Black and Decker
Black & Decker’s Global Design Centre in Spennymoor, CountyDurham is using the Dimension 3D Printer from Stratasys to dramatically speed up product development time.
Black & Decker is the world’s largest producer of power tools and accessories. The company has seen product development cycles in the UK decrease significantly over the past decade as global competition increases along with consumer demands. New product lines, for example in garden equipment, are expected to be launched yearly. The pressure to constantly launch new ranges means that the company is always looking for faster ways to get products developed and into stores.
Previously Black & Decker used a combination of in-house CNC milling for tooling while outsourcing stereolithography (SLA) and laser sintering (SLS) parts when designing new product ranges.
However 18 months ago the company took the decision to purchase a 3D printer which would enable them to produce more prototypes in-house and shorten their development cycles.
The company chose the Dimension 3D Printer from Stratasys which prints tough, durable, high-quality ABS models. Having the machine in-house has completely changed product development cycles by making the process shorter and more efficient. Steve Swaddle, manager of technology at Black & Decker UK explains:
“Before using a 3D printer it would typically take three to five days to get a prototype back from the service bureau. Having the machine onsite has made a phenomenal difference to this procedure. Parts that previously took three days can now be ready in just a few hours”.
The Dimension 3D Printer enables designers to print parts directly from their CAD computers. The printer driver software installed on the network automatically imports STL files from the CAD software and builds highly durable, functional ABS models. Dimension 3D Printers can run unattended and provide system and build status updates via email, pager or online.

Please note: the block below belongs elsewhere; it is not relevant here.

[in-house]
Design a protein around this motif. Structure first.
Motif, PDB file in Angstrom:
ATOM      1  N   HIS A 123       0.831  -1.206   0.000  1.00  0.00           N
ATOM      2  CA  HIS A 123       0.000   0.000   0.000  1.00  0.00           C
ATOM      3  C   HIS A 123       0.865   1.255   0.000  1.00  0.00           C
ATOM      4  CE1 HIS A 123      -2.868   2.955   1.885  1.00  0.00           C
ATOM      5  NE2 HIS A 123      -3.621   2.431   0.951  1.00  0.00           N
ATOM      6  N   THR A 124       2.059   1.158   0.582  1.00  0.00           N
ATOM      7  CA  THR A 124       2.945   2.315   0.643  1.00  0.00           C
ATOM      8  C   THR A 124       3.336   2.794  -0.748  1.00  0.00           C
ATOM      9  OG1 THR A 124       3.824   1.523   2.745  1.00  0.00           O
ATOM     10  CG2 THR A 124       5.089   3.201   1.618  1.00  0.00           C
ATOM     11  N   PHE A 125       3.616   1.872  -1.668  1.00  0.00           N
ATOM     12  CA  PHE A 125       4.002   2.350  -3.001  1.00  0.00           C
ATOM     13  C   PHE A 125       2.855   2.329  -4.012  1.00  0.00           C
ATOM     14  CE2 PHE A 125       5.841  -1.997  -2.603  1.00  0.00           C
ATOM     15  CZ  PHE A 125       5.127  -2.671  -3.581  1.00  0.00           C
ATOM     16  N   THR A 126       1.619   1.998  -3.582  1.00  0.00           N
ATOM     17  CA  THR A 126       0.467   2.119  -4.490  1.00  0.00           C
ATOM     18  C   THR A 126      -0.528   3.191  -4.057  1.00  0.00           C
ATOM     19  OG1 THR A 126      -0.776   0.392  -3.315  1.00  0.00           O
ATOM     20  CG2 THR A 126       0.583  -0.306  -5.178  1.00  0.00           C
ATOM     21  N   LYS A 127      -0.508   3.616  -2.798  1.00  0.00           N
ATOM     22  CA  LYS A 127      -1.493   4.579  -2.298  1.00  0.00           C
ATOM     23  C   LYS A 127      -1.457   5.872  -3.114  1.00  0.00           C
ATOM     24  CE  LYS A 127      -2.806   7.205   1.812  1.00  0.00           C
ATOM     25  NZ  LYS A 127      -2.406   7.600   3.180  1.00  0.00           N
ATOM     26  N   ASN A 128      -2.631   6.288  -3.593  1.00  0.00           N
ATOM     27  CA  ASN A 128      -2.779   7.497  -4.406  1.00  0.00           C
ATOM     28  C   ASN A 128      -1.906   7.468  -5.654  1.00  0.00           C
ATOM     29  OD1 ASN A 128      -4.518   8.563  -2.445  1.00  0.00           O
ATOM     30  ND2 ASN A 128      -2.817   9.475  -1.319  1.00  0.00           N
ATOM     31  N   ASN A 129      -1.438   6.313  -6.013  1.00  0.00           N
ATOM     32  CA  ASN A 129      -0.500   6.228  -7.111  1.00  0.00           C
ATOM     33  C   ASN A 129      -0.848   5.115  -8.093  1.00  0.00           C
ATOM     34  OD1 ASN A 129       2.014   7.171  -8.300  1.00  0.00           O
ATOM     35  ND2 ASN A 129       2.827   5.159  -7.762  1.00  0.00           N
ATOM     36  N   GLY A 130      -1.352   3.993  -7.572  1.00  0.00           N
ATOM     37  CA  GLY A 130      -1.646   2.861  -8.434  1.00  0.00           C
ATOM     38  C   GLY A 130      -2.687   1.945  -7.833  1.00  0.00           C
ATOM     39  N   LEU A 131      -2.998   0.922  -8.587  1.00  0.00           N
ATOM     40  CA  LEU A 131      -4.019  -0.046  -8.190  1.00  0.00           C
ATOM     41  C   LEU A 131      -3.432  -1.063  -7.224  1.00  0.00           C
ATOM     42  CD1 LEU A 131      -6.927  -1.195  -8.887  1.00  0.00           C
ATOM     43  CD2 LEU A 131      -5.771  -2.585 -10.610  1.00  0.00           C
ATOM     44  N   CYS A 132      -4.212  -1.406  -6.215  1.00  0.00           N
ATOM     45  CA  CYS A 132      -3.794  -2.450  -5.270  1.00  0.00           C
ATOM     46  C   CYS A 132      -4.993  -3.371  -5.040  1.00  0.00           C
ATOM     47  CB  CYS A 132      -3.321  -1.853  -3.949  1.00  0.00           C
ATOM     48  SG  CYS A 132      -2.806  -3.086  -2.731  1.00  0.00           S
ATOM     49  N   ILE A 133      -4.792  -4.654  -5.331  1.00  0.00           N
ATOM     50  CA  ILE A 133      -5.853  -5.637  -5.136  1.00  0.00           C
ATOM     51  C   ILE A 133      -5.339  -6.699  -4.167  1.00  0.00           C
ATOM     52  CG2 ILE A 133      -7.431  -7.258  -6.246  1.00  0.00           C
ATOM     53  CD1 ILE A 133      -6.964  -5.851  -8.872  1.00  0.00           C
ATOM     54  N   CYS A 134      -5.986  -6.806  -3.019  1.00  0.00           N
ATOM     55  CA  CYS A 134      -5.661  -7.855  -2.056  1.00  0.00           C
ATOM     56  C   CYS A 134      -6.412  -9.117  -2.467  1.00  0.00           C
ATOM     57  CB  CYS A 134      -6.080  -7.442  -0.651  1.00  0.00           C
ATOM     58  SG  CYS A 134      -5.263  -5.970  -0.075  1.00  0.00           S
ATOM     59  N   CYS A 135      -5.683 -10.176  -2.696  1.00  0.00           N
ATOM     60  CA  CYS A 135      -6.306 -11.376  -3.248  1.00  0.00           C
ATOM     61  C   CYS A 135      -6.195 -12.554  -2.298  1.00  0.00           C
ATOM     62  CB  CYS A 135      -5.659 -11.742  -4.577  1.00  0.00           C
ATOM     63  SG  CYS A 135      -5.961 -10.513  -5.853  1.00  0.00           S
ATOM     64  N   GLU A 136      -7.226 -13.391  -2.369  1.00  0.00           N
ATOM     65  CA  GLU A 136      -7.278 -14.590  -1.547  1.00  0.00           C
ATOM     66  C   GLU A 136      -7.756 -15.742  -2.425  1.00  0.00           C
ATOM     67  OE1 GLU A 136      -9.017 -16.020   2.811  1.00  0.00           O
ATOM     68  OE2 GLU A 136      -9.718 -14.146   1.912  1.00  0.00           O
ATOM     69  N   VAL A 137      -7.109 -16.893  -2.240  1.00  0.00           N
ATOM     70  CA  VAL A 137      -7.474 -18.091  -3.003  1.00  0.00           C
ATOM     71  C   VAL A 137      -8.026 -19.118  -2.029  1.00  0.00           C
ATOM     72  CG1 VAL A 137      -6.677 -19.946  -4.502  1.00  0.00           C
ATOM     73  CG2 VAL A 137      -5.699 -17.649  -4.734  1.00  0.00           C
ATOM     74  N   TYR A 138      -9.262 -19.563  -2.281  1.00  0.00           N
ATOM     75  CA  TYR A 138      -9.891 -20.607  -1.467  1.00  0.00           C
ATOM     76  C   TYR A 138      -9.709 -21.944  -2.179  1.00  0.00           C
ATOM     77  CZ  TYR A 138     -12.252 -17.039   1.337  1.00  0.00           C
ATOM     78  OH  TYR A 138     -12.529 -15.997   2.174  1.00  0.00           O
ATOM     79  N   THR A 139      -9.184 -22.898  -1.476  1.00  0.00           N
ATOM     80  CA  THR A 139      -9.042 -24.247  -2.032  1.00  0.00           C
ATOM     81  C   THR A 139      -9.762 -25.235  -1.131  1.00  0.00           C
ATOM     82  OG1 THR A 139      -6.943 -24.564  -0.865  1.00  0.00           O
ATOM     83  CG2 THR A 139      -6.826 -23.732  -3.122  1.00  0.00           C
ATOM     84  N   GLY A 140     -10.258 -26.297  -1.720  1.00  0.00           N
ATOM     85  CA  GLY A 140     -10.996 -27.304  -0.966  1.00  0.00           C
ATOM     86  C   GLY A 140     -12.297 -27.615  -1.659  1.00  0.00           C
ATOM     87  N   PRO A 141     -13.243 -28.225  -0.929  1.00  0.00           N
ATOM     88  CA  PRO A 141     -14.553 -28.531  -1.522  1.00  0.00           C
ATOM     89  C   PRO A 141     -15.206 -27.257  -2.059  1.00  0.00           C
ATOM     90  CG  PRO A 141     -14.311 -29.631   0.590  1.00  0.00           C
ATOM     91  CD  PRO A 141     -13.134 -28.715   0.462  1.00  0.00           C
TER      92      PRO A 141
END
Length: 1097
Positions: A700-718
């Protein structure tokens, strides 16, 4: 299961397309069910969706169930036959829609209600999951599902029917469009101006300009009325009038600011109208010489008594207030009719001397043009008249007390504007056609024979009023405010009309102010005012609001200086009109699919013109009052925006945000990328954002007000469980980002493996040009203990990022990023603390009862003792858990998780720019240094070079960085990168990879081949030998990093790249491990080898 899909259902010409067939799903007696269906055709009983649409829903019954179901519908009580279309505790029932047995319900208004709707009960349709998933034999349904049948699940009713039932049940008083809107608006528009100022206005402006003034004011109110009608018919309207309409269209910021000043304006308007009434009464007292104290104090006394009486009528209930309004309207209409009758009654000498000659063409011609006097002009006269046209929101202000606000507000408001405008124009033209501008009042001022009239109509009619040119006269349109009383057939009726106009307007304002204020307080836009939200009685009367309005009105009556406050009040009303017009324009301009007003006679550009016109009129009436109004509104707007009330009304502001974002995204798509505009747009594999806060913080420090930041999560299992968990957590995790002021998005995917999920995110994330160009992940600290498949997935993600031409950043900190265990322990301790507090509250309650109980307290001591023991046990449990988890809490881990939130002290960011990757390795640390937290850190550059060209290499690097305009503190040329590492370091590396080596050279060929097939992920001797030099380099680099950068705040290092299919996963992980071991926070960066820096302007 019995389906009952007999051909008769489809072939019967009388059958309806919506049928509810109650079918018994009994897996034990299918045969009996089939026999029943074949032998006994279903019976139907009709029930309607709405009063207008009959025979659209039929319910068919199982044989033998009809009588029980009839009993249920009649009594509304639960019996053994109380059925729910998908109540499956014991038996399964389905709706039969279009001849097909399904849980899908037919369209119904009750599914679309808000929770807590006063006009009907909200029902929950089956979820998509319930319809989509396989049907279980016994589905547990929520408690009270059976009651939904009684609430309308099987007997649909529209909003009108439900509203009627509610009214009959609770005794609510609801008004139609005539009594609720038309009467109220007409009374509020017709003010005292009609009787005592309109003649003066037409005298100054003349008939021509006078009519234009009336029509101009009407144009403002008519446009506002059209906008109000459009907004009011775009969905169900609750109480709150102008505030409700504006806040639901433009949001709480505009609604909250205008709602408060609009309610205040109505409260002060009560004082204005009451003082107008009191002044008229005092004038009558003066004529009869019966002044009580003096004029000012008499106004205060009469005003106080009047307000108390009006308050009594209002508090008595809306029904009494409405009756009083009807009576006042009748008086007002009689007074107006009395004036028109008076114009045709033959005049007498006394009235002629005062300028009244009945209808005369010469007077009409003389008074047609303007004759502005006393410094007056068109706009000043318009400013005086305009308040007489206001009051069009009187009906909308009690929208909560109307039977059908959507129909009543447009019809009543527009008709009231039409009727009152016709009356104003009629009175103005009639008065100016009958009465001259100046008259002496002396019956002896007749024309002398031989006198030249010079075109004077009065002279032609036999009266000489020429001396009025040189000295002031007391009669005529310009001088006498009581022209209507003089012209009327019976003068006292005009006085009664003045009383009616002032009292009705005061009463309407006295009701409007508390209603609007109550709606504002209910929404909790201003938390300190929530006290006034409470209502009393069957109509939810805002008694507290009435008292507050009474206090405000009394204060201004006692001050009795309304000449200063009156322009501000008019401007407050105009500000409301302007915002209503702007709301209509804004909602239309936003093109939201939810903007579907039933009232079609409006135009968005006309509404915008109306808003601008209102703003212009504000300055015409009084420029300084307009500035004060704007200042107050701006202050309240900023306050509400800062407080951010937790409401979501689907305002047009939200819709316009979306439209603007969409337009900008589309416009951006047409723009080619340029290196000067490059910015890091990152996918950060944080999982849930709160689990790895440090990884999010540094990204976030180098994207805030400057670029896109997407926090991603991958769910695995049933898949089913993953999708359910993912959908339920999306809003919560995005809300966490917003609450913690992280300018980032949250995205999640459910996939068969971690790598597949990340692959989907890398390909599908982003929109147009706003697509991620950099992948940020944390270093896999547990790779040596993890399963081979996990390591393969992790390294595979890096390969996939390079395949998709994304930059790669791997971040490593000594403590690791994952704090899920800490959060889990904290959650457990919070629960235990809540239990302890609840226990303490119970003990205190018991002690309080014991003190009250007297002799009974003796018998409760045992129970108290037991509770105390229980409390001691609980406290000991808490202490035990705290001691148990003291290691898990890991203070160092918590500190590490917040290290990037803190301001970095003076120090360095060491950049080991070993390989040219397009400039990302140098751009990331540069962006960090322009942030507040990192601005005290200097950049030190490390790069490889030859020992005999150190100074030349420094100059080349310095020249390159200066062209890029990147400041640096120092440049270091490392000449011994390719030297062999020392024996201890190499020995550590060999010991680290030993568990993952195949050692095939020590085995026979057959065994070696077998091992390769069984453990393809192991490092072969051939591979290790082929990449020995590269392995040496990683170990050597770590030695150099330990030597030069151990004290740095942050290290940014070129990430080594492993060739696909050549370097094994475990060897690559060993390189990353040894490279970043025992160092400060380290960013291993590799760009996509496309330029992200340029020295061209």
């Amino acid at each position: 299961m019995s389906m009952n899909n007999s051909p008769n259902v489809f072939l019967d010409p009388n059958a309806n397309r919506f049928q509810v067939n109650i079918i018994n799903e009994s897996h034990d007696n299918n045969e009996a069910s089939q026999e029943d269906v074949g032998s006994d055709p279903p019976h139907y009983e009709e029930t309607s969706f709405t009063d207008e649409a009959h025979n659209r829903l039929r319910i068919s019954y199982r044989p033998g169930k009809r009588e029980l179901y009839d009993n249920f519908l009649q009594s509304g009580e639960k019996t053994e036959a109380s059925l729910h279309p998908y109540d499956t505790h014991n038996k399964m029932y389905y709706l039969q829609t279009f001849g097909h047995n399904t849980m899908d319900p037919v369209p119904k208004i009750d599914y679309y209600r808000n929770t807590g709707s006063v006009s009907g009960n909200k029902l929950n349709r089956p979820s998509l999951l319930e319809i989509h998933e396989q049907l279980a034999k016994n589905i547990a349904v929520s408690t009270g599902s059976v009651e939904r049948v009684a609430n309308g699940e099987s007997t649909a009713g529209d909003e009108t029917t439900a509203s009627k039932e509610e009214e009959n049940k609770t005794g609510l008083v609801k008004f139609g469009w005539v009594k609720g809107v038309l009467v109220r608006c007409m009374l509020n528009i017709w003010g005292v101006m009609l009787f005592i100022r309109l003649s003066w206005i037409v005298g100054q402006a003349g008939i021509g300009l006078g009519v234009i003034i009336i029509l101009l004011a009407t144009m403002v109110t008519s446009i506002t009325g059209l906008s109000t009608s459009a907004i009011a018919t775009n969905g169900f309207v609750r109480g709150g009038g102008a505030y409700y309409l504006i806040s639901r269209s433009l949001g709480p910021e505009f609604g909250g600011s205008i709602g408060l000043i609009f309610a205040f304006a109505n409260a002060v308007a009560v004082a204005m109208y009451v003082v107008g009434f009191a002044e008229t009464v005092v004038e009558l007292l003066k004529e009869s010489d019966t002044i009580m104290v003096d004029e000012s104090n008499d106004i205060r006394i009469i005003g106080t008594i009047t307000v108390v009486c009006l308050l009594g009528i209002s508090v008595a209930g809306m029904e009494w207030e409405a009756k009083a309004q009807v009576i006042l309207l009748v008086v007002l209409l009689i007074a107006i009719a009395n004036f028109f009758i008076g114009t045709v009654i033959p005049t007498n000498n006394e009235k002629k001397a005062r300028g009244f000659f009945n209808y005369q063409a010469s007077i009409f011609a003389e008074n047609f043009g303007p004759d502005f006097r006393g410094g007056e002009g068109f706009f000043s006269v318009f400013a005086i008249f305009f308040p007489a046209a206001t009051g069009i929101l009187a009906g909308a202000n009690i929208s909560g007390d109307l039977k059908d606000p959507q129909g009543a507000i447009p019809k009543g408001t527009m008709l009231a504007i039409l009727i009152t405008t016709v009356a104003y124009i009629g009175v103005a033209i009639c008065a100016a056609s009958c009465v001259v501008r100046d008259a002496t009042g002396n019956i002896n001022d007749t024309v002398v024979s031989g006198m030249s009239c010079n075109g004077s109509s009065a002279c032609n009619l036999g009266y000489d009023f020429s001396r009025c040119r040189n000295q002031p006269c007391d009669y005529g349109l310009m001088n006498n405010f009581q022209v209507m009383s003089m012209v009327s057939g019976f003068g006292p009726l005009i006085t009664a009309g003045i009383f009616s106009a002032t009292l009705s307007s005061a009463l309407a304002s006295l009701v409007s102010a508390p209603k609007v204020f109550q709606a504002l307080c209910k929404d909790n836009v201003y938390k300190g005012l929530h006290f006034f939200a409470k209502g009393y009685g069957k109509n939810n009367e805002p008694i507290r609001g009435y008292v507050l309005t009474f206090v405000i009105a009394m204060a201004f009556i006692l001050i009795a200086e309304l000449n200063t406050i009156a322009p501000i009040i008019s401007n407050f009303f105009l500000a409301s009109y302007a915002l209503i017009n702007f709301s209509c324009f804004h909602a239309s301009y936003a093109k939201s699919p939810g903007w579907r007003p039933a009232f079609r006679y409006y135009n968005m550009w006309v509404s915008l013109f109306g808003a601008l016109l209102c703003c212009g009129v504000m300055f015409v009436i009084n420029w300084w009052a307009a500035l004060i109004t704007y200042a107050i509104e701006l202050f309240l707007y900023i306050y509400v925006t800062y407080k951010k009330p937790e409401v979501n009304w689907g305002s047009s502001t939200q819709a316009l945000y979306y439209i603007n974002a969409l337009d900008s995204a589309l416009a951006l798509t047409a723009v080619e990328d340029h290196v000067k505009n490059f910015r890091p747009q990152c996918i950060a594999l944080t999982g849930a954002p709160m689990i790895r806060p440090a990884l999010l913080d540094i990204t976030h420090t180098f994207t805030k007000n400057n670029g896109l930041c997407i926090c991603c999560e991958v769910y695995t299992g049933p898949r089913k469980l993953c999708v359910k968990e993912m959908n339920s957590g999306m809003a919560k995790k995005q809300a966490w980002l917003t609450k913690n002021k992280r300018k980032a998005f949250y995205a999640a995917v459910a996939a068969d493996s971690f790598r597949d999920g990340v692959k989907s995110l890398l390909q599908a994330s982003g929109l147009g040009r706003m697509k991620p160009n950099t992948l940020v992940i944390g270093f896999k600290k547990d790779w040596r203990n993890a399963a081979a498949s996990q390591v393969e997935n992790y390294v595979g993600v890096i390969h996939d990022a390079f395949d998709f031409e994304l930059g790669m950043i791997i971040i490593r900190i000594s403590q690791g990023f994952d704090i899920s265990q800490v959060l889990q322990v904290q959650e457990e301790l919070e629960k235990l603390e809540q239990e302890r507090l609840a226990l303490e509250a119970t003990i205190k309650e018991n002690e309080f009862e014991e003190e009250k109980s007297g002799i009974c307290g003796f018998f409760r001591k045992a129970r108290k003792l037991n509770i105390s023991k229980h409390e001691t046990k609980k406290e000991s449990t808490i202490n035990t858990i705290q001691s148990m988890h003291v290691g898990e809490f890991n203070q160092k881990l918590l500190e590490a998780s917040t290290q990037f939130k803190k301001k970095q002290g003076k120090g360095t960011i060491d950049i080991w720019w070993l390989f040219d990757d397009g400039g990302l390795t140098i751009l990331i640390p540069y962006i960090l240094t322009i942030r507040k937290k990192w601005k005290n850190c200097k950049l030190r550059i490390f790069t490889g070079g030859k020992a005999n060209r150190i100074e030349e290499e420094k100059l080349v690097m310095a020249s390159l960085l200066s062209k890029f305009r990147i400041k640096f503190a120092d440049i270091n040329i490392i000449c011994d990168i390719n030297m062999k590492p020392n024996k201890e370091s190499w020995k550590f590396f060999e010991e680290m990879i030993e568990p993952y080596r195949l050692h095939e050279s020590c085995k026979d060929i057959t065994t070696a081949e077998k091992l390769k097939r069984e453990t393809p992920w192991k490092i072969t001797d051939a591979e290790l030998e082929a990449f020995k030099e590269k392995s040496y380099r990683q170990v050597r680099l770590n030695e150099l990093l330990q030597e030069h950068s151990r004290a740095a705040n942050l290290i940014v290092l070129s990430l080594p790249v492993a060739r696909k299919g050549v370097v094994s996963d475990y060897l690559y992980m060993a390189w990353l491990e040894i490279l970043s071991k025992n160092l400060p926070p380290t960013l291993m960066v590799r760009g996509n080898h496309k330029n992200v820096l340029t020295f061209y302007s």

The design team at Black & Decker uses the 3D printer for evaluating and improving the form, fit and function of its models and to explore different design iterations such as for battery packs or housing casements.”Our industry is highly regulated and all new products have to comply with international standards set by organisations such as TUV and Kema”, he adds. “We recently had an inspector onsite reviewing new parts. He wasn’t happy with one particular aspect of a design. Our team was able to completely redesign it and present it to him again while he was still onsite. This would have been impossible previously.
“Another significant benefit is that the design team now makes considerably more parts than they used to. The previous use of a bureau cost money each time a part was sent. Engineers often refrained from making too many parts or doing too many iterations of the same design in order to save money. Engineers can now make subtle or total design changes until they are completely satisfied, without having to worry about spiralling costs. This means that engineers are able to experiment and have much more freedom with designs.
Black & Decker saw the Dimension 3D Printer pay for itself within three months and the company has been impressed with the ease of installation and after sales support. The 3D printer is also simple to maintain. Swaddle notes that his team are able to fix minor technical difficulties themselves, although he admits these have been rare.
Swaddle concludes, “After the hoped-for benefits of speed, accuracy, reliability and durability were realised, it was the intangible benefits that really became noticeable. We always estimated that the 3D printer would enable us to make more parts. However it is the extent to which having the 3D printer in-house helps to remove any ambiguity and clarify our engineers thinking, thus expediting the decision making process that is really the greatest benefit. The Dimension 3D printer is an invaluable communications tool. That is what contributes to us being the best on the market and keeps us at the forefront of innovative design.”